New UK nickel-plated steel coins constitute an increased allergy and eczema risk


  • Conflicts of interest: The authors have declared no conflicts. Funding: The study was funded partly by a research grant from the Swedish Council for Working Life and Social Research.

Correspondence: Anneli Julander, Unit of Occupational and Environmental Dermatology, Institute of Environmental Medicine, Karolinska Institutet, Box 210, SE-171 77 Stockholm, Sweden. Tel: +46 852 480 052; Fax: +46 833 6981. E-mail:



Nickel-plated steel coins have recently been introduced in the United Kingdom.


To compare the performance and allergy risk of the new nickel-plated coins (five and ten pence) with those of the cupro-nickel coins being replaced.

Materials and methods

Coin handling studies with assessment of skin exposure and metal release in artificial sweat were performed. Six volunteers participated.


The amount of nickel deposited onto skin during the handling of nickel-plated coins for 1 hr was 7.5 µg/cm2, four times higher than that from cupro-nickel coins. The nickel content in the oxidized surface of nickel-plated coins was higher, explaining the higher skin dose. Initial nickel release rates were 10–27 times higher than 1-week rates, emphasizing that brief and repeated contact results in significant nickel exposure.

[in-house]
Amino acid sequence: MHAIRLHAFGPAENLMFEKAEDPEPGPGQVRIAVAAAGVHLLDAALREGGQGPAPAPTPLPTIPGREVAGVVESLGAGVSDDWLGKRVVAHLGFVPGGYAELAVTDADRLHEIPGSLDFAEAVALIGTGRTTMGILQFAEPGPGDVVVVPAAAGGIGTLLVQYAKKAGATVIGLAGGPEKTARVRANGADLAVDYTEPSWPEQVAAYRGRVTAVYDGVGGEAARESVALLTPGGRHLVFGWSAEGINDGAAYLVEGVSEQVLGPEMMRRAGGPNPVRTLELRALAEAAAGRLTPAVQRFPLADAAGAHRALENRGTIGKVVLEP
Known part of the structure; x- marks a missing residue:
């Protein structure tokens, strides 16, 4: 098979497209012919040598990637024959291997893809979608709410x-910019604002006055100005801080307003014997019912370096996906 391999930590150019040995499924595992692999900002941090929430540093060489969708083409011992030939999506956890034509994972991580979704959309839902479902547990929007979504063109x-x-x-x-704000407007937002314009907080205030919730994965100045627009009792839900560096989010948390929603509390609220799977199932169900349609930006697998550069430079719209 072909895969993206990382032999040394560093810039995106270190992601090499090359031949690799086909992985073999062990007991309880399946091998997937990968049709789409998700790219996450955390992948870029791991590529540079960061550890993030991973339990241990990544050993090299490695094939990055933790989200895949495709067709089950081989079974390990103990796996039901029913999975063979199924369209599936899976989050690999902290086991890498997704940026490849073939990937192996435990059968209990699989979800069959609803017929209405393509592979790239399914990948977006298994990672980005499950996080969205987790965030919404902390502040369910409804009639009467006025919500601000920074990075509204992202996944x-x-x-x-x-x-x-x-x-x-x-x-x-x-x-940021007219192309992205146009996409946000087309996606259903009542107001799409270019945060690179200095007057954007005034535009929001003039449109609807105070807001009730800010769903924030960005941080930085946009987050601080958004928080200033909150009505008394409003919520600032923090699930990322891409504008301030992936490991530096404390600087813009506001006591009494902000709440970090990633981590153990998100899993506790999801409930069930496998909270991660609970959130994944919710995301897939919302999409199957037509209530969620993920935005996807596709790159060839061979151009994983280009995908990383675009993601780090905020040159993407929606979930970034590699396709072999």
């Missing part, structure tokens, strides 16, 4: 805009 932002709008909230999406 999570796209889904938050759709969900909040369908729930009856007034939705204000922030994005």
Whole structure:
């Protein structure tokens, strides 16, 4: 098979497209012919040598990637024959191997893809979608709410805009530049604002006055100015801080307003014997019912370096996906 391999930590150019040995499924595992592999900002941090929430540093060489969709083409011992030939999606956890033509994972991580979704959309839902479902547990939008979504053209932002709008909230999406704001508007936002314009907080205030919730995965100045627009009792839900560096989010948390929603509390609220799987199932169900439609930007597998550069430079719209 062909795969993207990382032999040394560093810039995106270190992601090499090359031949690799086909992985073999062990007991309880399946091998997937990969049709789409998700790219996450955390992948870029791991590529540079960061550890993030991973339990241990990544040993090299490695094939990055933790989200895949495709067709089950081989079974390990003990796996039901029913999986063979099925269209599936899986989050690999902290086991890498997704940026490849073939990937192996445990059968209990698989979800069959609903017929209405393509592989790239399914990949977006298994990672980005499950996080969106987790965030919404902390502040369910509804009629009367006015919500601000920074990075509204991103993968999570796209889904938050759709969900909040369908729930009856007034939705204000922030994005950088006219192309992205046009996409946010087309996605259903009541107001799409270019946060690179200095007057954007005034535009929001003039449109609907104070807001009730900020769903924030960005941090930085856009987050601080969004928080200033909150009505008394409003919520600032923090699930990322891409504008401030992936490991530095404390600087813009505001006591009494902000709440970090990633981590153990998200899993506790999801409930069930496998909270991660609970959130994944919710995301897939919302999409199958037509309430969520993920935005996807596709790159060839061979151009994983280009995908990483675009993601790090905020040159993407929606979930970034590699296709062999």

Nickel-plated coins deposit higher levels of nickel onto skin than cupro-nickel coins, and hence pose an increased allergy risk. One-week release in artificial sweat is not suitable for determining the risk of handling items with high nickel release that come into short, repeated contact with the skin. The nickel skin dose is recommended for risk assessment. UK citizens are now, because of this change in coinage, unnecessarily exposed to higher levels of nickel on the skin. This is of public health concern.